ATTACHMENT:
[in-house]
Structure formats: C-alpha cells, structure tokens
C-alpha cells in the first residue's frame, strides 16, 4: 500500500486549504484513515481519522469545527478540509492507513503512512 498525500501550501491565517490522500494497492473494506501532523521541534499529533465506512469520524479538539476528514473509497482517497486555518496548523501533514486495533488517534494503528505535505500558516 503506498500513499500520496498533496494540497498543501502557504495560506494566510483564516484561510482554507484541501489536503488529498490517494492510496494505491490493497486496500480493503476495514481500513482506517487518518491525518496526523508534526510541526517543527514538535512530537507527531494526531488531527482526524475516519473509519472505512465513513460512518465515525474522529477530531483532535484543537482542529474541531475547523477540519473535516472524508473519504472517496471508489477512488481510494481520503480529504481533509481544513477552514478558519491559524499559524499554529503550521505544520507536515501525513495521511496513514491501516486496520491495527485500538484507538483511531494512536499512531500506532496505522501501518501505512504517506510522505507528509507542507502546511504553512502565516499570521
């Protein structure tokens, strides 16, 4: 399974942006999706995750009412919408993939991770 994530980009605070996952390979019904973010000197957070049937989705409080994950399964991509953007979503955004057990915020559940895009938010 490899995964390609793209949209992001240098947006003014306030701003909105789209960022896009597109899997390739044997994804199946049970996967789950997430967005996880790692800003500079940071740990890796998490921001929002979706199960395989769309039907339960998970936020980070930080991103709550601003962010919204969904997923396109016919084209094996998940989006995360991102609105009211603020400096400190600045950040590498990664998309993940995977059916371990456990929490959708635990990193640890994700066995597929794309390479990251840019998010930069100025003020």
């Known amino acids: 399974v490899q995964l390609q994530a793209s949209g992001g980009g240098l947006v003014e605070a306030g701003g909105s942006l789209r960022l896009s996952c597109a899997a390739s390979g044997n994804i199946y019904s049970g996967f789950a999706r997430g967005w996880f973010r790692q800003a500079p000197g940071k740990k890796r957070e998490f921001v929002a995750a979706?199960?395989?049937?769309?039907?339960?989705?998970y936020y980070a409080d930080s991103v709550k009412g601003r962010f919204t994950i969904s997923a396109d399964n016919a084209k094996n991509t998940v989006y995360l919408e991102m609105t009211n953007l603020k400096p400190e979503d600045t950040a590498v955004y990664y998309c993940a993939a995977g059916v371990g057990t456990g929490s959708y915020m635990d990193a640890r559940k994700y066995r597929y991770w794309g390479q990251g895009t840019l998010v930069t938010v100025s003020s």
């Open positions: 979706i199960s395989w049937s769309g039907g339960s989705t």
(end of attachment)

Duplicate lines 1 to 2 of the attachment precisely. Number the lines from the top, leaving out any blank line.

[in-house]
Structure formats: C-alpha cells, structure tokens